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How to survive being the office newbie
If 80's pop icons *cough* have taught us anything, it's that the work induced dread of a monday morning is as about unwelcome as a Duran Duran tribute act. Now while the words of Geldof and The Bangles is hardly gospel, the familiar sense of foreboding at the start of a working week is nothing when compared to the vexed butterflies born from the prospect of a new job.
Embarking on a new career path is one of life's guaranteed apprehensions and knowing how to undertake the role of new kid on the block is usually something that comes 'step by step,' providing you're 'hanging tough.' While you'd expect to be supplied with some clear indication of how to manage your recently acquired work responsibilities, being the office newbie comes with no such manual.
So while you marvel in the congratulations of landing your new job, take a peek at our office newbie survival guide and hopefully you'll still be there this time next week.
Fail to prepare, prepare to fail (or something like that)
If the Great British Bake Off has taught us anything (besides not stealing other people's custard, horror!), it's that success is all in the preparation. Chances are that you'll have no idea what you're going to walk into on the first day so it pays to consider every eventuality. With the exception of a zombie apocalypse, dress code and lunch arrangements are probably two areas that should be prepared for; however these uncertainties can be easily addressed with a quick email and meal deal.
You might also spend much of your first day filling in forms so documents such as passport, NI number and P45 might be required. Other things to bring should include a notebook, pens, bottled water and probably a stress ball or voodoo doll.
Your grand entrance
Entering the office for the first time can be a little like walking into a party where you're only familiar with the host, but this doesn't mean that you have to become a white-collar wallflower. While you might want to avoid the announcer, dry ice and pumping bass (you're not the heavyweight champion of the world), you should walk into the building with confidence and with your head held high. Everyone has had that awkward first day at work, so don't be afraid to introduce yourself and ask questions if you need some direction. A good boss should greet you when you first arrive and from hereon in should guide you until you're settled in.
What's in a name?
It always seems so unfair when you start a new job. You seemingly have to memorise the whole yellow pages, while everyone else has to learn just one new name.yours. Though the numbers seem stacked against you, nobody can reasonably expect you to remember the names, titles and eye colour of all your colleagues on the first day or even week. People aren't so intolerant and will appreciate that you're just finding your feet, so if someones name slips your mind, just apologise, laugh it off and ask again.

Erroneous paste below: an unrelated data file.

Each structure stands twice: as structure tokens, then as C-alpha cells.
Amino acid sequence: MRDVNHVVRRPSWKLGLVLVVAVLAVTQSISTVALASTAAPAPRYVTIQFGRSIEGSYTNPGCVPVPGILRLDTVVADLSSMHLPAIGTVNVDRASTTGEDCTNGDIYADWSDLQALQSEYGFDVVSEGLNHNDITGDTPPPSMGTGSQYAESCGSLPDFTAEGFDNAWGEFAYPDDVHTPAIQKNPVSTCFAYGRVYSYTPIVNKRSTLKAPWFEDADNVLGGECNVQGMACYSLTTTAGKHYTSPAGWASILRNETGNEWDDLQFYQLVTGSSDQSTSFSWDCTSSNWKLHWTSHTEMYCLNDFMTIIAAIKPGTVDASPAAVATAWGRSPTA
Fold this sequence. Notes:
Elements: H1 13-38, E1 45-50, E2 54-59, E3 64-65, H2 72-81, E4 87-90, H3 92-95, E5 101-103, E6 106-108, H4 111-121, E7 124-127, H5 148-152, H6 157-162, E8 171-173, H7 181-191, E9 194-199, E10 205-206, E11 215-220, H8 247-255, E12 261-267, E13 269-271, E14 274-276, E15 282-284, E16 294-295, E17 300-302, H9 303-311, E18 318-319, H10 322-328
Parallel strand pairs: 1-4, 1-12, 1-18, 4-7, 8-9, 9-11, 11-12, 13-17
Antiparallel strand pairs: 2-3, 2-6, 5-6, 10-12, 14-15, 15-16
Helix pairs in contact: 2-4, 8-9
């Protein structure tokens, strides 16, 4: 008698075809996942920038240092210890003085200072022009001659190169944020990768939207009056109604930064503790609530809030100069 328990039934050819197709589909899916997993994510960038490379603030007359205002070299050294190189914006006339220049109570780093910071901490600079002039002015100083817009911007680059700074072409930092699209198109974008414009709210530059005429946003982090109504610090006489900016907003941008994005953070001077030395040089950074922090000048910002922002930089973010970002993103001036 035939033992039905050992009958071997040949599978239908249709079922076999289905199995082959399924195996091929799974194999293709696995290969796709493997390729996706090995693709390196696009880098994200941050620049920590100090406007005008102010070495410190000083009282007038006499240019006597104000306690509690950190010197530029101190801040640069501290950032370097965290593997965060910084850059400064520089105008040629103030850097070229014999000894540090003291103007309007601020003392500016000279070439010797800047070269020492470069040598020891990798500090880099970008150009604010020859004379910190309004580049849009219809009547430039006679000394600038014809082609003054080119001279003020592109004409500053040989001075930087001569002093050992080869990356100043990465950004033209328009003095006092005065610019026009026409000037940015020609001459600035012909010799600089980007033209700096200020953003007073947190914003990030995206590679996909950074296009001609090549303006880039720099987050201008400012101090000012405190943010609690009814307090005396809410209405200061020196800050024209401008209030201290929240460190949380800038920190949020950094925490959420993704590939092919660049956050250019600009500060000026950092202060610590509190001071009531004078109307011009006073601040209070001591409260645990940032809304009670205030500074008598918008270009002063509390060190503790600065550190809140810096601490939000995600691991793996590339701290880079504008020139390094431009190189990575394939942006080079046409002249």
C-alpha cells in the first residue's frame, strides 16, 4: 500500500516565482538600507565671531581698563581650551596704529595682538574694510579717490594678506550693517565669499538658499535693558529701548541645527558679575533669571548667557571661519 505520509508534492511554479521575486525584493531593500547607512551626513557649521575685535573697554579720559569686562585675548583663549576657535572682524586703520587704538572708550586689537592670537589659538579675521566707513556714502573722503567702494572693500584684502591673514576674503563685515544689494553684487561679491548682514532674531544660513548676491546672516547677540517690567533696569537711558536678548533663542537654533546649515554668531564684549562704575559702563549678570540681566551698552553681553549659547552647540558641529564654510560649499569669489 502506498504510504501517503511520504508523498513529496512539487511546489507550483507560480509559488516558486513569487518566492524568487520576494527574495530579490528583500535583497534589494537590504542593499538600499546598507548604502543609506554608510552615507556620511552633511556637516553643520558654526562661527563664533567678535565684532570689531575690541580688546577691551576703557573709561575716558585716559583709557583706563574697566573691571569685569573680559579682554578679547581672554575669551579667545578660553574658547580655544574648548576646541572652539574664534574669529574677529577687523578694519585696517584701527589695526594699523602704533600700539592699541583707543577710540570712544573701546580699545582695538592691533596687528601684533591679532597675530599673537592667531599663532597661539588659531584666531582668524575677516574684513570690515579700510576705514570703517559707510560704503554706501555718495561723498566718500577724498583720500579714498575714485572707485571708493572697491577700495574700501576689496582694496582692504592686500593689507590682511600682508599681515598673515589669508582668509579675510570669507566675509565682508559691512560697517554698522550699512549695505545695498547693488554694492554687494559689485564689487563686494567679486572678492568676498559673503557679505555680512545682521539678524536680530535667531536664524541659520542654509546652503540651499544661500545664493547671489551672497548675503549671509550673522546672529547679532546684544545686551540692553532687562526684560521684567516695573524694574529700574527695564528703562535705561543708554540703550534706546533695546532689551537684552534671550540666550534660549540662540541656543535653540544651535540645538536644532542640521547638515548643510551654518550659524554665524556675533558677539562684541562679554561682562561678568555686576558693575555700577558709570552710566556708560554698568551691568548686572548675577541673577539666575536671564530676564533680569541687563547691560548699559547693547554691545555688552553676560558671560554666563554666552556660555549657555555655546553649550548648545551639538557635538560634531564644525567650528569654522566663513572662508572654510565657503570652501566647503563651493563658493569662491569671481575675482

Be a leech (but not clingy)
When trying to make home in a new environment, it can be helpful and reassuring to have a mentor type colleague to show you the ropes and give you the office low-down. While this paints the image of a wise, grey bearded gentlemen in a hat and mystical cloak, you're generally depending on the kindness of strangers. Unfortunately, not every new role you take will be in Streetcar Named Desire and you might just have to secretly nominate a seemingly sane member of your team to learn from. You don't want to become a burden though and find yourself in a position where you develop separation anxiety whenever they leave the room. By all means tap into their company knowledge and follow their lead, but don't shut yourself off from the rest of the office.
A new job; a new start
A new job is a chance to reinvent yourself and portray some representation of the person you've always wanted to be. This doesn't mean that you suddenly become that guy who thinks he can pull off a waistcoat and trilby hat, but it allows you to bury certain flaws that may have hampered you in your old position. If you had a reputation for being opinionated and confrontational by old colleagues, this opportunity could be used to tone it down and display a more easy going manner. A new start gives you the chance to be that model employee you've always pretended to be in your interviews, so don't waste it.
Though your bookbag is now a briefcase, your first day at work is really no different than your maiden venture beyond the school gates; and just like those early academic years, your stint as newbie will soon pass. While it may seem that you'll never establish yourself as part of the office furniture, the mechanics of time suggest that you will, so until then just nod, smile and try and avoid the tag of office weirdo.